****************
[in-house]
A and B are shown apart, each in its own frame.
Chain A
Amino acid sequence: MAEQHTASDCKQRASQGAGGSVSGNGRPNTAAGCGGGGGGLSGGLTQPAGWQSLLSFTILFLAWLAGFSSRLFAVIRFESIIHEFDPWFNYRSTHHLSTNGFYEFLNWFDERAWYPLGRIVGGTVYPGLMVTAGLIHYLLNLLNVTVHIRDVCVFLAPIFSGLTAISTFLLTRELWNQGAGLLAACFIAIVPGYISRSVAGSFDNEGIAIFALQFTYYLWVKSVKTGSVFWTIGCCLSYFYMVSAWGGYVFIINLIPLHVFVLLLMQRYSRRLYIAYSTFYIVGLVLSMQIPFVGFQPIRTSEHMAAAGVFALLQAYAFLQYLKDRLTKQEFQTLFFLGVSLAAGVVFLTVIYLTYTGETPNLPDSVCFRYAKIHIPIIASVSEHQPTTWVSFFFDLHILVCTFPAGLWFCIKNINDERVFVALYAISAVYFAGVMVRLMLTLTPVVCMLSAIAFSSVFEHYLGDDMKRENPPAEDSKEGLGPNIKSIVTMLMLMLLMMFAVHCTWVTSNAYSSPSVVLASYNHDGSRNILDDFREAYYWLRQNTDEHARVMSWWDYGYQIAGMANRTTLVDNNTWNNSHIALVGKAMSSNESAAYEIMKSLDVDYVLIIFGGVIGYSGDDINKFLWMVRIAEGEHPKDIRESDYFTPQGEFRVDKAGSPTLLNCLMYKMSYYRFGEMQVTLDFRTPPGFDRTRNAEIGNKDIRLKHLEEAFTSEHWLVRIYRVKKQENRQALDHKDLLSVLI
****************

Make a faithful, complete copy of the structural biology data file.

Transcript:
[in-house]
A and B are shown apart, each in its own frame.
Chain A
Amino acid sequence: MAEQHTASDCKQRASQGAGGSVSGNGRPNTAAGCGGGGGGLSGGLTQPAGWQSLLSFTILFLAWLAGFSSRLFAVIRFESIIHEFDPWFNYRSTHHLSTNGFYEFLNWFDERAWYPLGRIVGGTVYPGLMVTAGLIHYLLNLLNVTVHIRDVCVFLAPIFSGLTAISTFLLTRELWNQGAGLLAACFIAIVPGYISRSVAGSFDNEGIAIFALQFTYYLWVKSVKTGSVFWTIGCCLSYFYMVSAWGGYVFIINLIPLHVFVLLLMQRYSRRLYIAYSTFYIVGLVLSMQIPFVGFQPIRTSEHMAAAGVFALLQAYAFLQYLKDRLTKQEFQTLFFLGVSLAAGVVFLTVIYLTYTGETPNLPDSVCFRYAKIHIPIIASVSEHQPTTWVSFFFDLHILVCTFPAGLWFCIKNINDERVFVALYAISAVYFAGVMVRLMLTLTPVVCMLSAIAFSSVFEHYLGDDMKRENPPAEDSKEGLGPNIKSIVTMLMLMLLMMFAVHCTWVTSNAYSSPSVVLASYNHDGSRNILDDFREAYYWLRQNTDEHARVMSWWDYGYQIAGMANRTTLVDNNTWNNSHIALVGKAMSSNESAAYEIMKSLDVDYVLIIFGGVIGYSGDDINKFLWMVRIAEGEHPKDIRESDYFTPQGEFRVDKAGSPTLLNCLMYKMSYYRFGEMQVTLDFRTPPGFDRTRNAEIGNKDIRLKHLEEAFTSEHWLVRIYRVKKQENRQALDHKDLLSVLI